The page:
The sparkling Treasure Island Casino and Hotel on Las Vegas Boulevard has long been one of my favorite stops in Las Vegas.
It's fun just to walk along the Strip and stop in front of the Treasure Island. In the old days, after dark, the T.I. would feature an ongoing battle between pirate ships and the sinking of the Brittania and its captain.
I have an admission to make. Even though the Treasure Island drew me with its graphic depiction of pirate battles, I have never gambled there. Once I ambled inside the casino for a drink. I was impressed by its luxury interior. But my favorite casinos for playing poker, dice, blackjack and the horses were elsewhere.
That has changed.
Phil Ruffin purchased the Treasure Island on Dec. 15, 20k08 for $775 million. Ruffin owned the New Frontier Hotel and Casino and bought the property from Steve Wynn who had owned it since 1993.
Ruffin has made some amazing changes in the Treasure Island's comp policy which is good news to all gamblers, especially poker players.
One of the complaints I have with most gambling casinos is that they fail to share at least some of their profits with their players. Ruffin is not that kind of casino owner.
For starters, for each hour you play poker in his poker room, you will be paid $2 that you can use for food, gifts, gasoline and other amenities.
Your time playing poker will be tracked and at the end of a week, the casino will give you a cash-back ranging from $10 for 10 hours play to as much as $599 for 60 hours of action.
There is more.
Treasure Island offers special room rates and show discounts to its patrons. The resort is home to Cirque du Soleil's Mystere, a show that has been voted the best production in Las Vegas nine times.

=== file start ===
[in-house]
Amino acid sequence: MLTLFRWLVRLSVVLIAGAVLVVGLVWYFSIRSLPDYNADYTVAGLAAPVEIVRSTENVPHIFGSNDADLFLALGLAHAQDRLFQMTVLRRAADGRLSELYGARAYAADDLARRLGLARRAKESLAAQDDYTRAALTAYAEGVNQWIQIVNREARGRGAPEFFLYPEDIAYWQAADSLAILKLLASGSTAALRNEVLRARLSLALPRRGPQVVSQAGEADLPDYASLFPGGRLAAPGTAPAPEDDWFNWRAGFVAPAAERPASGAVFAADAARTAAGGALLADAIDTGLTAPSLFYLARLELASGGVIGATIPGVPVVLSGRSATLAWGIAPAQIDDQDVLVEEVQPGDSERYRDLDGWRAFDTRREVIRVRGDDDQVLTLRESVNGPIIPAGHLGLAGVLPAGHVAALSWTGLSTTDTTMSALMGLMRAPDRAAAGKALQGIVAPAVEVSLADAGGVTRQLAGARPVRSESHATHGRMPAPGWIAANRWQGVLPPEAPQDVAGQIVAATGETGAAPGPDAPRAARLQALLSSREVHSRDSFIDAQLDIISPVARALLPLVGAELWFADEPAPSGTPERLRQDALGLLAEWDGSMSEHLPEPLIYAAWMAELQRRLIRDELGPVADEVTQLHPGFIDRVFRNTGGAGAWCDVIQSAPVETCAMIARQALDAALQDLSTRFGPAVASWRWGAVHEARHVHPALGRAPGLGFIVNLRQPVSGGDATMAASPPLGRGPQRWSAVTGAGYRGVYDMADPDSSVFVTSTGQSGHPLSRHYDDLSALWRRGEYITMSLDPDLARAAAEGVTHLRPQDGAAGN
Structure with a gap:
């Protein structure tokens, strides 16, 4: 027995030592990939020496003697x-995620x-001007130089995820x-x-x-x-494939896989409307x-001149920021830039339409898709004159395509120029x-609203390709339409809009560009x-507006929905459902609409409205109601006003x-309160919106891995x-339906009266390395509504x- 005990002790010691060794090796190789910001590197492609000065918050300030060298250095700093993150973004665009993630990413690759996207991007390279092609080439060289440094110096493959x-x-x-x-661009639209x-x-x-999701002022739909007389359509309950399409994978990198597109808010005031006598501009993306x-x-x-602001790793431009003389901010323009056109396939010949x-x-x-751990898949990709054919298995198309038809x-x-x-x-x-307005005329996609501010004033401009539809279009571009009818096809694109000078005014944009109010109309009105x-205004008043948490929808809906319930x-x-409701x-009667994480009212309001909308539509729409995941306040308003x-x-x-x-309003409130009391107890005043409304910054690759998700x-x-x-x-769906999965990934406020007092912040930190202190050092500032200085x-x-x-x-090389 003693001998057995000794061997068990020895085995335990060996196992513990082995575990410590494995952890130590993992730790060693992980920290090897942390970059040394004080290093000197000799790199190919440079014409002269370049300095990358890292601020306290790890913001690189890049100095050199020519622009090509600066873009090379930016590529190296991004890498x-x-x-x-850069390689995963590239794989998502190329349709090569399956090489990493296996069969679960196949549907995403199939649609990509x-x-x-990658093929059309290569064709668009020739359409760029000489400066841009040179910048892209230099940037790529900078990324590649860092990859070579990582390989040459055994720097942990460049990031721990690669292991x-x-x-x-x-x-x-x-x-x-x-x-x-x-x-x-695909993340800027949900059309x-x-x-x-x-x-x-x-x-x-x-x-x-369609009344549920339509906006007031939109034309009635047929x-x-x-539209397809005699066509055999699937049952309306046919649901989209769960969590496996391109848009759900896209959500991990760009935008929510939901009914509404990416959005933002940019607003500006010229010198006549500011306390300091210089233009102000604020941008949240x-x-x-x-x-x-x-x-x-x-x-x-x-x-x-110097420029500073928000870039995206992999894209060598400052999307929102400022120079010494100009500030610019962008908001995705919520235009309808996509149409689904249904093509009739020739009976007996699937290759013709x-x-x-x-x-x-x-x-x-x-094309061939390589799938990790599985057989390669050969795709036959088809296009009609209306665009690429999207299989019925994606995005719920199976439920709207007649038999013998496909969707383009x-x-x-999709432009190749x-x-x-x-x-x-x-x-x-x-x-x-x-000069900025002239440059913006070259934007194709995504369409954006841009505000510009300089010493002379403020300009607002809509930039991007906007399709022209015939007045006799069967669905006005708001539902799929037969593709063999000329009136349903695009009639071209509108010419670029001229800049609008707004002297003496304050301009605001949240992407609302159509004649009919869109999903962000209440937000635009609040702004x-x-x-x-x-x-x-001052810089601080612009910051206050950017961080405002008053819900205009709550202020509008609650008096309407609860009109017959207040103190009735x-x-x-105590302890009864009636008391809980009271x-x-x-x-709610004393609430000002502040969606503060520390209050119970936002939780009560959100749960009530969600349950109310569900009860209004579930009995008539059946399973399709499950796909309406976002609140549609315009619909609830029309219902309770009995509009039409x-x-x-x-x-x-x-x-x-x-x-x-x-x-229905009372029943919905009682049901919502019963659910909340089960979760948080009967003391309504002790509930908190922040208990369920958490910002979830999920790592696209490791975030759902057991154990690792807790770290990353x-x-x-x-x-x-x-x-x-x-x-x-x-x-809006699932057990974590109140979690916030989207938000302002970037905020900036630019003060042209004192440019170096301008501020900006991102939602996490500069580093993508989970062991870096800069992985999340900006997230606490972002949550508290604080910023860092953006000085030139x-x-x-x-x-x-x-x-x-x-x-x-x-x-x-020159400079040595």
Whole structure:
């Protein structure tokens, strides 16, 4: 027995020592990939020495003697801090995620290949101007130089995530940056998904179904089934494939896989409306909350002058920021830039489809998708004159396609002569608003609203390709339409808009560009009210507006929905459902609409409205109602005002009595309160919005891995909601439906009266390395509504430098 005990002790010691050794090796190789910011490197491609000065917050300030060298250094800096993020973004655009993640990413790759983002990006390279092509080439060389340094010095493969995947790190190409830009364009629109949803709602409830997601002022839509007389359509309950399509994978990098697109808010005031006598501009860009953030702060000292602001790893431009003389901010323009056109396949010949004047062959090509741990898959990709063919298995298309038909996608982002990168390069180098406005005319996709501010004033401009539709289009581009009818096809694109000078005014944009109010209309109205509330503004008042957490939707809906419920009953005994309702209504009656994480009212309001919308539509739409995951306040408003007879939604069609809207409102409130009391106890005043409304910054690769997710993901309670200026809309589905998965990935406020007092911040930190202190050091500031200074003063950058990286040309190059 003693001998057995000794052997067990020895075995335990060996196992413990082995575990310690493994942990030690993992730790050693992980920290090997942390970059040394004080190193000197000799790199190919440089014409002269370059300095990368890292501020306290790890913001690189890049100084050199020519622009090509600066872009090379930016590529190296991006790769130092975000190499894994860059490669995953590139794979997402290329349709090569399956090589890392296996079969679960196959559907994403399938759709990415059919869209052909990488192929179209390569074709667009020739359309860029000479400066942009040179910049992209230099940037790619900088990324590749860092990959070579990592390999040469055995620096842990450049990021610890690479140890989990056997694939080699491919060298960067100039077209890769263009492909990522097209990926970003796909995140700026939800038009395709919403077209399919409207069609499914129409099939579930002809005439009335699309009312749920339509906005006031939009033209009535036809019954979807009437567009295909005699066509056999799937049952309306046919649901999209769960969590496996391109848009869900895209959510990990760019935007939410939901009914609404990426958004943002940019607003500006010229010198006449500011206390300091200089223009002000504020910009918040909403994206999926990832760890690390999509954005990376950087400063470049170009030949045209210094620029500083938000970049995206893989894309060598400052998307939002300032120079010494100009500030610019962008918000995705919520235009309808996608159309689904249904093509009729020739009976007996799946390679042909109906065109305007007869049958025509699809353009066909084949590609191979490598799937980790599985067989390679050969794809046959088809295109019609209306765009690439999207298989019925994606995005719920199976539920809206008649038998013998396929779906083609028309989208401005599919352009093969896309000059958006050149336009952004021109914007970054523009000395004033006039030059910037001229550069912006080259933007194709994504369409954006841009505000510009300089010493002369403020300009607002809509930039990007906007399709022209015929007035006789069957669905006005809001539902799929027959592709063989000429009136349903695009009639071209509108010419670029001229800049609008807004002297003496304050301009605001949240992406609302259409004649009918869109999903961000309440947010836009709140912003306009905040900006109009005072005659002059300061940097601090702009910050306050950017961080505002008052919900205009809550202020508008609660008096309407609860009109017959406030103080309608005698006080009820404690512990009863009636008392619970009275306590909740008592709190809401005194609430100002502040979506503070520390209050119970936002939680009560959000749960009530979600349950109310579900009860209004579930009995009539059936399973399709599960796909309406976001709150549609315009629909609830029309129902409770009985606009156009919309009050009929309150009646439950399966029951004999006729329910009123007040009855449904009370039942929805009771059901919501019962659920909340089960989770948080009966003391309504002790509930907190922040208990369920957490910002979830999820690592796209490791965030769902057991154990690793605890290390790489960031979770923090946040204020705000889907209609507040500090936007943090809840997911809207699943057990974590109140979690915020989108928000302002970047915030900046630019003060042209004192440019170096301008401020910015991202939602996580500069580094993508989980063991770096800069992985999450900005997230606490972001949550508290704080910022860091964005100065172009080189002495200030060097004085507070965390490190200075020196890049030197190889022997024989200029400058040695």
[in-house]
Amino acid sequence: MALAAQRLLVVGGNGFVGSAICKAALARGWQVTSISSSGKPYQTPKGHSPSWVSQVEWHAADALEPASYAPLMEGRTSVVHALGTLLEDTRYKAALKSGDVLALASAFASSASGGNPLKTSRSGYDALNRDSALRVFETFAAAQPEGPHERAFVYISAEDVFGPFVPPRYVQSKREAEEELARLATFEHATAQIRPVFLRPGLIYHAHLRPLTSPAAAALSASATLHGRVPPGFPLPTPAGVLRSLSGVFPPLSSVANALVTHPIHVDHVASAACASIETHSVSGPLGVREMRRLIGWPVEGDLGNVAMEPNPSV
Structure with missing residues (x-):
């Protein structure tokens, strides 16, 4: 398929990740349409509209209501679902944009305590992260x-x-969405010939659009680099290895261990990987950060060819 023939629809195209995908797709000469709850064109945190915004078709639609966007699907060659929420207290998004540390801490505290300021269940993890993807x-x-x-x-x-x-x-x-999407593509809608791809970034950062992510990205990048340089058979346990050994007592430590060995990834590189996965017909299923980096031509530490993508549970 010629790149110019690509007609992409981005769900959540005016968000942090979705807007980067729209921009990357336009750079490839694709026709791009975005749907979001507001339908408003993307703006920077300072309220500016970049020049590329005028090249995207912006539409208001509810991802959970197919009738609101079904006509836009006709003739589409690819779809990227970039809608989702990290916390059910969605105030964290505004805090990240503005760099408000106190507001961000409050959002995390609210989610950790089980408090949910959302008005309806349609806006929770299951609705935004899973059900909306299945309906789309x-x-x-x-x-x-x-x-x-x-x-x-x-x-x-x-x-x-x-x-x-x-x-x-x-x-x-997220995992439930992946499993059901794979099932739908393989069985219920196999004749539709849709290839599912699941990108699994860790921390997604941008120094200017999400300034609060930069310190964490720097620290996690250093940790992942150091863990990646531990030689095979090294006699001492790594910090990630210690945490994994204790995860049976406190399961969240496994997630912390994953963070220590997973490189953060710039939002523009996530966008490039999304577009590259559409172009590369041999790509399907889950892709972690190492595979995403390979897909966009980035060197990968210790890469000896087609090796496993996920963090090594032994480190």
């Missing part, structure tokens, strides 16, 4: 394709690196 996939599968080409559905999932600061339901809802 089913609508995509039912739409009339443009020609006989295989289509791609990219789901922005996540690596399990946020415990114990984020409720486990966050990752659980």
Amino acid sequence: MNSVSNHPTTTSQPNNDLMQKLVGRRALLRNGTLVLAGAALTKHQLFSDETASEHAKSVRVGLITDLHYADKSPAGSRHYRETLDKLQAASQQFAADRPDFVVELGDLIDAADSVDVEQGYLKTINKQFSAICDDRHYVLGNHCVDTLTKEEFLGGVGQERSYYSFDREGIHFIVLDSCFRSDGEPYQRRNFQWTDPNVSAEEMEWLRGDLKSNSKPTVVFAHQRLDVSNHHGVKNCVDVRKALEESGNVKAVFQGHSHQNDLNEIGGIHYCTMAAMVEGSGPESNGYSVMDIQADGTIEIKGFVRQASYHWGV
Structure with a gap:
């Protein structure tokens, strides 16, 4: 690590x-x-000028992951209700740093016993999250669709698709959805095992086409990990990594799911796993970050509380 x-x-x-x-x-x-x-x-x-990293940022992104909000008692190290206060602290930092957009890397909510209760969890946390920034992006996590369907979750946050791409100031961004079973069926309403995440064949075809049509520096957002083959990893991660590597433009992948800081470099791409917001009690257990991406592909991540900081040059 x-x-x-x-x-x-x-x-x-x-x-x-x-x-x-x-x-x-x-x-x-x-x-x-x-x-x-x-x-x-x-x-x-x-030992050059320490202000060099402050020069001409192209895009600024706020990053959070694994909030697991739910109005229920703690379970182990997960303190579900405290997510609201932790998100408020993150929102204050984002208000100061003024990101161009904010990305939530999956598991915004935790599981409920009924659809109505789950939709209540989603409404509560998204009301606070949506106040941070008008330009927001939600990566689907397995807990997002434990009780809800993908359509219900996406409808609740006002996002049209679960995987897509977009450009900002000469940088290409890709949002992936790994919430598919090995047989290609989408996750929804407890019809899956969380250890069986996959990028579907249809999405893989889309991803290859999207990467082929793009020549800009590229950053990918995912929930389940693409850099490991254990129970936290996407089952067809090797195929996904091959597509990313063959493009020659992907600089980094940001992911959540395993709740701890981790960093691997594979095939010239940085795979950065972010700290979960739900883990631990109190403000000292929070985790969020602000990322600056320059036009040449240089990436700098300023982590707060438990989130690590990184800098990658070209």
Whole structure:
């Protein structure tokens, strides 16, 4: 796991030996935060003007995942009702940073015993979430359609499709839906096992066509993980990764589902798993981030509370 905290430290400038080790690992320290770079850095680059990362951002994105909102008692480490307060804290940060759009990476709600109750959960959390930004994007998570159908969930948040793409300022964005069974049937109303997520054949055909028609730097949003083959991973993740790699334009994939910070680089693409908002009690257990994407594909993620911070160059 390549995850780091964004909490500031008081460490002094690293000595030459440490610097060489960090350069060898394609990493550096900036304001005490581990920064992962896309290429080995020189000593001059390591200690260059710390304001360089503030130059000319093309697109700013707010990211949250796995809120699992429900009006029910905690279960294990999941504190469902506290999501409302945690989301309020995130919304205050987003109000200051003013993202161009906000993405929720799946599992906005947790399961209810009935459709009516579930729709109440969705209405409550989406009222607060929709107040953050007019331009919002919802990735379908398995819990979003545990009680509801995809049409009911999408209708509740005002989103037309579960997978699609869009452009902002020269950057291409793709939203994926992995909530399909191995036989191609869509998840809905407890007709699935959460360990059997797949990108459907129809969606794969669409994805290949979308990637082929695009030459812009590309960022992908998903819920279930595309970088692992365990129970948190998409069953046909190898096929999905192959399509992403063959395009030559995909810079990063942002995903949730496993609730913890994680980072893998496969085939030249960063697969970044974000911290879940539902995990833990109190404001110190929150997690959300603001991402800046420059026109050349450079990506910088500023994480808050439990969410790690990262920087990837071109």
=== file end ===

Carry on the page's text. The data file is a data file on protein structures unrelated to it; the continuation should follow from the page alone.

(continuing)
The elegant swimming pool has two bars to cater to swimmers and sun bathers. Since one of my favorite pasttimes is girl-watching, you can be sure I will be at poolside to enjoy the view.
The poker room features daily tournaments and a variety of games from Texas Hold'em to mixed games. There are 10 restaurants and three coffee shops on the property, assuring players of their choice of food to match their budgets and appetites.
I have been playing poker at Myrtle Beach, S.C. on a cruise ship and at BestBet Casino in Jacksonville, FL. for the past year. And while these poker rooms offer good action, their comp policy simply does not exist. Indian reservations like to hang onto their profits.
I want to compliment Phil Ruffin for his innovative policy in rewarding people for gambling in his casino. He seems to come from the old school that was invented by Benny Binion, owner of Binion's Horseshoe in Las Vegas, and Pappy Smith, who built Harold's Club in Reno, NV.
Times are toughening up for a growing number of gambling casinos. Management had it their way for a long time, but things are changing. Hopefully some of the casino owners will wise up before they lose their businesses and have to close their joints because their customers have gone elsewhere.
I tip my hat to Ruffin. Let the games begin.